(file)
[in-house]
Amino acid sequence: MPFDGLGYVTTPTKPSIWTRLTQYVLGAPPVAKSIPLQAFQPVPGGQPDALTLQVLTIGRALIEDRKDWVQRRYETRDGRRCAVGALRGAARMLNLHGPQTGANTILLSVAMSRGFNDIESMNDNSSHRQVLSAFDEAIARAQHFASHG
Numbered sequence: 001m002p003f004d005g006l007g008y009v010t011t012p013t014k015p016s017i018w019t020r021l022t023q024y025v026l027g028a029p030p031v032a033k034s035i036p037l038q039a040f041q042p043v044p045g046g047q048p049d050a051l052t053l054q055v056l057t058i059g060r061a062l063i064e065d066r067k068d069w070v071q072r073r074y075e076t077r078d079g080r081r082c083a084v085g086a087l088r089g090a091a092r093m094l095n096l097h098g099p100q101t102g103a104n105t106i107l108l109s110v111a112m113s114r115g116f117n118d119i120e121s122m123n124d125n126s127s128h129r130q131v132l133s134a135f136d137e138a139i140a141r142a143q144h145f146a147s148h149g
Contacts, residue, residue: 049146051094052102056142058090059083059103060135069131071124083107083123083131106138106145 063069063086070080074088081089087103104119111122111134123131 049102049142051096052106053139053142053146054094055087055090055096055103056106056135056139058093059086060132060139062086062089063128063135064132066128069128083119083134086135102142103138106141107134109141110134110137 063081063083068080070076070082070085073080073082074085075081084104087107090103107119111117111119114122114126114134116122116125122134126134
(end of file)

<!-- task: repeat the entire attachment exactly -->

[in-house]
Amino acid sequence: MPFDGLGYVTTPTKPSIWTRLTQYVLGAPPVAKSIPLQAFQPVPGGQPDALTLQVLTIGRALIEDRKDWVQRRYETRDGRRCAVGALRGAARMLNLHGPQTGANTILLSVAMSRGFNDIESMNDNSSHRQVLSAFDEAIARAQHFASHG
Numbered sequence: 001m002p003f004d005g006l007g008y009v010t011t012p013t014k015p016s017i018w019t020r021l022t023q024y025v026l027g028a029p030p031v032a033k034s035i036p037l038q039a040f041q042p043v044p045g046g047q048p049d050a051l052t053l054q055v056l057t058i059g060r061a062l063i064e065d066r067k068d069w070v071q072r073r074y075e076t077r078d079g080r081r082c083a084v085g086a087l088r089g090a091a092r093m094l095n096l097h098g099p100q101t102g103a104n105t106i107l108l109s110v111a112m113s114r115g116f117n118d119i120e121s122m123n124d125n126s127s128h129r130q131v132l133s134a135f136d137e138a139i140a141r142a143q144h145f146a147s148h149g
Contacts, residue, residue: 049146051094052102056142058090059083059103060135069131071124083107083123083131106138106145 063069063086070080074088081089087103104119111122111134123131 049102049142051096052106053139053142053146054094055087055090055096055103056106056135056139058093059086060132060139062086062089063128063135064132066128069128083119083134086135102142103138106141107134109141110134110137 063081063083068080070076070082070085073080073082074085075081084104087107090103107119111117111119114122114126114134116122116125122134126134